RCP rounds up some analysis. Here is Jesus Rios of Gallup:
The international community has unanimously condemned Zelaya’s ousting, and the latest indications point in the direction of his imminent return to Honduras. Whether he will be reinstated in office is still a question, but what seems clear is he will face important challenges at home. Back in 2008, Hondurans placed the blame for the country’s political tension primarily on his government and “other countries." The latest remarks by interim leader Micheletti suggest Zelaya’s increasing alignment to President Hugo Chavez’s regime is at the core of the crisis.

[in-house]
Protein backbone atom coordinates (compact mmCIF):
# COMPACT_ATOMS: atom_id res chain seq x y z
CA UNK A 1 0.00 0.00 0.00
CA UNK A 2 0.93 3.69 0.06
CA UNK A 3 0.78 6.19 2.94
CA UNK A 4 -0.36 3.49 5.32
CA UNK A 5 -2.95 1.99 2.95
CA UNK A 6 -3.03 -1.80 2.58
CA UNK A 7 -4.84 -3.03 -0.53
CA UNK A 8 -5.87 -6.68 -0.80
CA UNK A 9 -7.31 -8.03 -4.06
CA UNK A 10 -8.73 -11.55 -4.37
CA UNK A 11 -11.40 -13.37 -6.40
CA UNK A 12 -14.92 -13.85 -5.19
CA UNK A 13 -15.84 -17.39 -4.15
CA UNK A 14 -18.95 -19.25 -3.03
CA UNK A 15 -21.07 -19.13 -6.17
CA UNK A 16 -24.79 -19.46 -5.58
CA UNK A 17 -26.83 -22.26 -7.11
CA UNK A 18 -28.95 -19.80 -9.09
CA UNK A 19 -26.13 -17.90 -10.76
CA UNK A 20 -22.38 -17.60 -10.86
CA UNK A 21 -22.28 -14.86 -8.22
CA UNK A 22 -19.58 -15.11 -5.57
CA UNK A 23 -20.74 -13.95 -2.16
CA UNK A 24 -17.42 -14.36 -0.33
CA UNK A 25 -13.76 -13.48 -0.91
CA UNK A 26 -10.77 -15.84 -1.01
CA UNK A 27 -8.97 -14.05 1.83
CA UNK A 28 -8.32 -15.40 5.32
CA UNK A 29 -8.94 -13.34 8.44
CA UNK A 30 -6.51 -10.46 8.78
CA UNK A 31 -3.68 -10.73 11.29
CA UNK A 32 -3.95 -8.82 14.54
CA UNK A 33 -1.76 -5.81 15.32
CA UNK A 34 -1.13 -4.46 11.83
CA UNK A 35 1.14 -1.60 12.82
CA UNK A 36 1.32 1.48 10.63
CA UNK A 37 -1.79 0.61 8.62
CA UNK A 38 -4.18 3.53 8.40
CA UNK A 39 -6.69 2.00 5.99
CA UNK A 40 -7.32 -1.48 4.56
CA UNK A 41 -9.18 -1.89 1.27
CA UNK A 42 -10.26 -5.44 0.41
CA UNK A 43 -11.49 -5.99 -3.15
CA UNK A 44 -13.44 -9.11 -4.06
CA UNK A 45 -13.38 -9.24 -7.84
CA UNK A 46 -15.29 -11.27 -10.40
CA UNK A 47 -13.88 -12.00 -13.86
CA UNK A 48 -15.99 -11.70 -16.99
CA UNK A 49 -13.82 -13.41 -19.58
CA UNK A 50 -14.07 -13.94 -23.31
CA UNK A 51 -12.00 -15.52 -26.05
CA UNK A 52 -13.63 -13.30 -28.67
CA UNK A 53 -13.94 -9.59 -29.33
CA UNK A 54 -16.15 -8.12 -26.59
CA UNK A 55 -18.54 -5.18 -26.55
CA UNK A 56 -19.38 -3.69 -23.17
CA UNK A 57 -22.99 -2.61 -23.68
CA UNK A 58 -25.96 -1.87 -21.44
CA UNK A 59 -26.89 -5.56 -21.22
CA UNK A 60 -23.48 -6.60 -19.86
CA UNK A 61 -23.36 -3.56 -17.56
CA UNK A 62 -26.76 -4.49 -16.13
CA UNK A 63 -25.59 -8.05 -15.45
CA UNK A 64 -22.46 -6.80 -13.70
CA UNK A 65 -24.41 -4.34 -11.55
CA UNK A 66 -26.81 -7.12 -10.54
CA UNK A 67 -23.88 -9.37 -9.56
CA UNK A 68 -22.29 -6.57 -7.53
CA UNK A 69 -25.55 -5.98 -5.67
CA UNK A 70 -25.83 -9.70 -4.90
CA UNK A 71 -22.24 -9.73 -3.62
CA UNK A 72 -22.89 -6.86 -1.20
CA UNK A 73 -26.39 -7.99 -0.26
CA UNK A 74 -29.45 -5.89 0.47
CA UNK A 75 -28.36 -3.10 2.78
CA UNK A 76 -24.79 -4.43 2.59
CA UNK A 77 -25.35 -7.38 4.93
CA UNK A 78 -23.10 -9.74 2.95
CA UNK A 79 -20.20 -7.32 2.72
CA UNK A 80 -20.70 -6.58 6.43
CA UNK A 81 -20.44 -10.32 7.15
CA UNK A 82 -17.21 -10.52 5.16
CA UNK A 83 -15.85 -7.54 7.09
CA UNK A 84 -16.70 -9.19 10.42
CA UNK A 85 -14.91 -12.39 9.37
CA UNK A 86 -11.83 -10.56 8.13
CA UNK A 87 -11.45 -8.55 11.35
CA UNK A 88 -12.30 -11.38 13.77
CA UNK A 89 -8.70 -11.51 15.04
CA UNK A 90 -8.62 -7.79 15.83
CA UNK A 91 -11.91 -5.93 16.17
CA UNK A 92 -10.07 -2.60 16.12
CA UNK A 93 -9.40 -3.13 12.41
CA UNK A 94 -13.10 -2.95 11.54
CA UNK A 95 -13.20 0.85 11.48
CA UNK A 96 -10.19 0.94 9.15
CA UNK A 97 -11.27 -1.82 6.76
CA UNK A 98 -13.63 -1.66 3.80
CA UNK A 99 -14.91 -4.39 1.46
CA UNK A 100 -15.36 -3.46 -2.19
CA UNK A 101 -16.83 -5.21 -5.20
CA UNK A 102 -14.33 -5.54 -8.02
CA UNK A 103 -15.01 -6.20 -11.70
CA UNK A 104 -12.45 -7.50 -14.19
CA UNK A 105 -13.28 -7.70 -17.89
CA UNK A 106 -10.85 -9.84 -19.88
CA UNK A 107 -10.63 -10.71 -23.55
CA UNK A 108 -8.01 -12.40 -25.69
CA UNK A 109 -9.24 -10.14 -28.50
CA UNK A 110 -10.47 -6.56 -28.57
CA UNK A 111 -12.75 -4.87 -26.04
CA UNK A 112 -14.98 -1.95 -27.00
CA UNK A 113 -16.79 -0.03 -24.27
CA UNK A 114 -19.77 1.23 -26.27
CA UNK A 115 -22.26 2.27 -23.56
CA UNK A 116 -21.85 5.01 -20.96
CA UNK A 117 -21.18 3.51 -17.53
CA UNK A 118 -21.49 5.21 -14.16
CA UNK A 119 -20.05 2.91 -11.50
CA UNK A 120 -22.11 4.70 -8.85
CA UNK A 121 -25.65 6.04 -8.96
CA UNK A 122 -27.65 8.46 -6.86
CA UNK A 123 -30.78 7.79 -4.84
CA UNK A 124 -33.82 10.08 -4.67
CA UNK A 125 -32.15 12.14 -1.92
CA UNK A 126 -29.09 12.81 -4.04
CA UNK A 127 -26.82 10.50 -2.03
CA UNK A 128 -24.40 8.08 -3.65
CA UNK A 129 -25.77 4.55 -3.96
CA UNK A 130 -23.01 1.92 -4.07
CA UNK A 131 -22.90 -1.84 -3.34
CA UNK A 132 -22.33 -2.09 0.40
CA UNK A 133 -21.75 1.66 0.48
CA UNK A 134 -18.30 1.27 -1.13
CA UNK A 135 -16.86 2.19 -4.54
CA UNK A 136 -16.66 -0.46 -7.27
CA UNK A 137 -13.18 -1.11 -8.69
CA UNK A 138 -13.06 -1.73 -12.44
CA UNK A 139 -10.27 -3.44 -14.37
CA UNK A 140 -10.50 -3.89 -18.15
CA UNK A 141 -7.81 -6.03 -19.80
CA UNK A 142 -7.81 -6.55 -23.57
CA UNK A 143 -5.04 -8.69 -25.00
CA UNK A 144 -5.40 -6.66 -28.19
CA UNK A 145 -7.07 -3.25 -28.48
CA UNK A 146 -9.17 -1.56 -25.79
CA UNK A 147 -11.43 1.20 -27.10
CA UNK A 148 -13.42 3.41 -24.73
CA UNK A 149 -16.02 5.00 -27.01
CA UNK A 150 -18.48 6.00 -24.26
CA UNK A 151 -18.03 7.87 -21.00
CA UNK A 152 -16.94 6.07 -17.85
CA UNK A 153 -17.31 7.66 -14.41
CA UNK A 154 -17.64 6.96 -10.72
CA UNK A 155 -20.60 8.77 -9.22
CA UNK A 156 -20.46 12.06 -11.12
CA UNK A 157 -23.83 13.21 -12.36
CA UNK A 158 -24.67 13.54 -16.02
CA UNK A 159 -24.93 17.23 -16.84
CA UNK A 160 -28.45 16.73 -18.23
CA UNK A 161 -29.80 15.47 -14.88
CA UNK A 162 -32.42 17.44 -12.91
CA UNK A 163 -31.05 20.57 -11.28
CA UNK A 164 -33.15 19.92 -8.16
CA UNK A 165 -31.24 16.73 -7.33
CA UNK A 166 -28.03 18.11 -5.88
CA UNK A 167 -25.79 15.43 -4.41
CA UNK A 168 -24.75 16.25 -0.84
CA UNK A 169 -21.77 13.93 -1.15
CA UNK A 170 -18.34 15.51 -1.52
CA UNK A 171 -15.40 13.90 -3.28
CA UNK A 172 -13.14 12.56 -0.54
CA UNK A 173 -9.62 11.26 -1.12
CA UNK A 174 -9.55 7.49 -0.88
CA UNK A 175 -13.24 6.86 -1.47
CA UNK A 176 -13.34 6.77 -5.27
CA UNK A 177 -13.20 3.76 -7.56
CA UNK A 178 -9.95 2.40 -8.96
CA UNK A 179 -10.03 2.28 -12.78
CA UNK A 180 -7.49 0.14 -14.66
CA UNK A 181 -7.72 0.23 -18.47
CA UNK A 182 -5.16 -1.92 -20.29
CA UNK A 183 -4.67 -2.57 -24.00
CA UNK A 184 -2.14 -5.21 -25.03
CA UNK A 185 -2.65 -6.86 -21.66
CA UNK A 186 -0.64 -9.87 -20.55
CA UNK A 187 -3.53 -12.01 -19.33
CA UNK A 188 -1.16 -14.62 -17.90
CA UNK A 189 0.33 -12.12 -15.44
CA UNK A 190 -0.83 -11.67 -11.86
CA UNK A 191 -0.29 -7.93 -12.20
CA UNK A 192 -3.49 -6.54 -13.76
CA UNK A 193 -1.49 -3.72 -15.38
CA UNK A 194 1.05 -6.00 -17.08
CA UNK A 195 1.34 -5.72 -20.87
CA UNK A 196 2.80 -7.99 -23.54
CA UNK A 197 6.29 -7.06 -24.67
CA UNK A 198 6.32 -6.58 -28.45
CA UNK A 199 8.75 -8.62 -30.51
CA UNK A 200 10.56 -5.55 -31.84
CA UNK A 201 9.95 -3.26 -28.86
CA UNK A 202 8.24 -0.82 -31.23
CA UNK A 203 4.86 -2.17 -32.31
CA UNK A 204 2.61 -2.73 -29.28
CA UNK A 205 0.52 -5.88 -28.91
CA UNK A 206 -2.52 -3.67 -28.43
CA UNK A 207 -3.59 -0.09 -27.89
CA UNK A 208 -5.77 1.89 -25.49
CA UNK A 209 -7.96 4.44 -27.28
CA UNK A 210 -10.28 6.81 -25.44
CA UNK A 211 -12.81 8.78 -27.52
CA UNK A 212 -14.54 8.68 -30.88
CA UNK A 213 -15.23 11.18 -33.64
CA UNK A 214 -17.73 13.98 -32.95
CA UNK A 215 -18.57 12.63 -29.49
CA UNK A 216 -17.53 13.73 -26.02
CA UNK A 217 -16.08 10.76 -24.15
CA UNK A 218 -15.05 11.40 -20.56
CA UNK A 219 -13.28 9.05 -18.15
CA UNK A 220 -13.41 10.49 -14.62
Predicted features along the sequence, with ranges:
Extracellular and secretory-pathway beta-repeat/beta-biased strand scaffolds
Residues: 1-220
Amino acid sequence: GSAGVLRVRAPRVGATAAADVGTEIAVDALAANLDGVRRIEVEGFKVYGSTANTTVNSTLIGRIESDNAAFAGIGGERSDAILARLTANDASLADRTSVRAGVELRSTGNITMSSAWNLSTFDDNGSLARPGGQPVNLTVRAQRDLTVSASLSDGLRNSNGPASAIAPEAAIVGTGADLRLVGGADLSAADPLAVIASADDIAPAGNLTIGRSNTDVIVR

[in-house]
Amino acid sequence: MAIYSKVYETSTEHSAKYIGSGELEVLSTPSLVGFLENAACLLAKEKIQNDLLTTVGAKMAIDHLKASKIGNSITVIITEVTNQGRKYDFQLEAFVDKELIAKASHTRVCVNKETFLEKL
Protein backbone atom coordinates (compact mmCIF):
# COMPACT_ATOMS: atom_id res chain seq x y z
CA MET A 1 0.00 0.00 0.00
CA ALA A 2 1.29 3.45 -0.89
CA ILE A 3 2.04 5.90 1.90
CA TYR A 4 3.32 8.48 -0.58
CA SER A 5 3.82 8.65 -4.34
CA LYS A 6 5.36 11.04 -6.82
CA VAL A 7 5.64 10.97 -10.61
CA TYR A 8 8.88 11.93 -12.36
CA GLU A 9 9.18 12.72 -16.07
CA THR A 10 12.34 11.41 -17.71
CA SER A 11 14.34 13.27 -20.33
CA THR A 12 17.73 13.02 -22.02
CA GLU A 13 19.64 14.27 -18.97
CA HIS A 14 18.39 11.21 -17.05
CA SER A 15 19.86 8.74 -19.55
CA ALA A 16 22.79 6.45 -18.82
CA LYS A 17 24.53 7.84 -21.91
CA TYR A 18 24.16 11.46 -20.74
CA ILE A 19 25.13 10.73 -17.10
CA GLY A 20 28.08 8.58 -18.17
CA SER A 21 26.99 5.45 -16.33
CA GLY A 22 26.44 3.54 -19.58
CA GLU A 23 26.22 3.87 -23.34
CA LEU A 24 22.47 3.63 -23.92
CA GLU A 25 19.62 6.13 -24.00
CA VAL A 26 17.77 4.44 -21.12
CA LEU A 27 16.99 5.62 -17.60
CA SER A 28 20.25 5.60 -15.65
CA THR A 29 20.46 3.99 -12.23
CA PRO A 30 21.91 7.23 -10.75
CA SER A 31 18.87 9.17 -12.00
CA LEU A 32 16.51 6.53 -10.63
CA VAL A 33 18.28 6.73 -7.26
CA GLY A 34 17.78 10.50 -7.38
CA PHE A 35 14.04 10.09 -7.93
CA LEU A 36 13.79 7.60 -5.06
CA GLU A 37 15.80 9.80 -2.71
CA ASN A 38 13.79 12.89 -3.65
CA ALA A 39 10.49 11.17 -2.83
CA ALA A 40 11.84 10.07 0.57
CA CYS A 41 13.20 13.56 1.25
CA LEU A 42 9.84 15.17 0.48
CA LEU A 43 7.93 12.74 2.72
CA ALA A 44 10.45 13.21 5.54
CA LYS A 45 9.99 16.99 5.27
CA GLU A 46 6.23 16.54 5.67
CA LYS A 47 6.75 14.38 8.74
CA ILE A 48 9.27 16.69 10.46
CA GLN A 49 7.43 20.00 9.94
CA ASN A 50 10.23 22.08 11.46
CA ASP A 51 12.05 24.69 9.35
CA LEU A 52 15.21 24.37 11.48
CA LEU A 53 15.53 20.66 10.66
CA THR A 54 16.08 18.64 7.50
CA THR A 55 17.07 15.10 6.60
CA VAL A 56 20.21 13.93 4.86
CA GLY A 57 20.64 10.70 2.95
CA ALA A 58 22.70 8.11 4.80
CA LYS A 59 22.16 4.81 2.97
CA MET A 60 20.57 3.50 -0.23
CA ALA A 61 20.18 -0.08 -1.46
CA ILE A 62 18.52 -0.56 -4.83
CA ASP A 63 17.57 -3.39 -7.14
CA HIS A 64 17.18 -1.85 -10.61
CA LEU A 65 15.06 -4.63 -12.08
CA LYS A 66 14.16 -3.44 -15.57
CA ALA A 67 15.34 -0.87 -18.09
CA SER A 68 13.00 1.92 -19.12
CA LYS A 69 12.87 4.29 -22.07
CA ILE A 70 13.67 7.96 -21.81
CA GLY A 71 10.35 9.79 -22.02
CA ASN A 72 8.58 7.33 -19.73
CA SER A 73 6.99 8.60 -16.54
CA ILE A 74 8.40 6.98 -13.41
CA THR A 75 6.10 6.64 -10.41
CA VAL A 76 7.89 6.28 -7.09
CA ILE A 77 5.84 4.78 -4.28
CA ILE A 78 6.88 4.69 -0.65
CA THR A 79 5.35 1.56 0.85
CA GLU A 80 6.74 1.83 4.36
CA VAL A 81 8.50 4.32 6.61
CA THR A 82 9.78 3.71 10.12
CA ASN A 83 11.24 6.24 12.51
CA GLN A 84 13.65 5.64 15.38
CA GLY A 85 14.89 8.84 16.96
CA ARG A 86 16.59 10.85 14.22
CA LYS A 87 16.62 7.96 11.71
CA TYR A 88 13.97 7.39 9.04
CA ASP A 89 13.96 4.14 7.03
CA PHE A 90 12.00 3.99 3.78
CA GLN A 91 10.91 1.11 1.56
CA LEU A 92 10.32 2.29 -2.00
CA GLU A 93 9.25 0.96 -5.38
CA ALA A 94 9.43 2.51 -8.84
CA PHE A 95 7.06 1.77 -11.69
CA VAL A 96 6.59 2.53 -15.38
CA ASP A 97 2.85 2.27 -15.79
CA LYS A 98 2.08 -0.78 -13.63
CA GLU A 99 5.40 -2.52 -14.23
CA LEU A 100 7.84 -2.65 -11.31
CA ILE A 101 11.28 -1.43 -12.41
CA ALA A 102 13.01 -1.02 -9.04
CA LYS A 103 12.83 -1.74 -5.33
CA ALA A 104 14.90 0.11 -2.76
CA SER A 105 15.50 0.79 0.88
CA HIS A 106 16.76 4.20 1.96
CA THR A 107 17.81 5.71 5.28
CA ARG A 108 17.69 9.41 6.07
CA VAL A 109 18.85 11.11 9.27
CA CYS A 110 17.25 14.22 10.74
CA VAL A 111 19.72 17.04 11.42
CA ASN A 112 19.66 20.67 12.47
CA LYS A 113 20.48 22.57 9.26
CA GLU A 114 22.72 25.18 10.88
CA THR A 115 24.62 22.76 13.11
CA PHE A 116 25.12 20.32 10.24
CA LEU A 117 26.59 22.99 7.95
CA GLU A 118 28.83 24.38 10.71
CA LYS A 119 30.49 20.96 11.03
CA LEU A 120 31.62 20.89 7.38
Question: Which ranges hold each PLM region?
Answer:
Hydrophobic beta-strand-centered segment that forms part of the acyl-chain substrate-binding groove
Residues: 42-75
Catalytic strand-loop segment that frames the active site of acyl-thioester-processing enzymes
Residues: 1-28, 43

So, if Zelaya does in fact return to power before the November presidential election, the question then becomes: how will he manage to govern amidst an adverse public opinion environment and among institutions that backed his ousting, including his own political party? And, what role, if any, will Chavez play in Honduran politics from now on? Will Zelaya drop or moderate his pro-Chavez stance to regain political support? According to the 2008 Gallup survey, just 20% of Hondurans approve of President Hugo Chavez.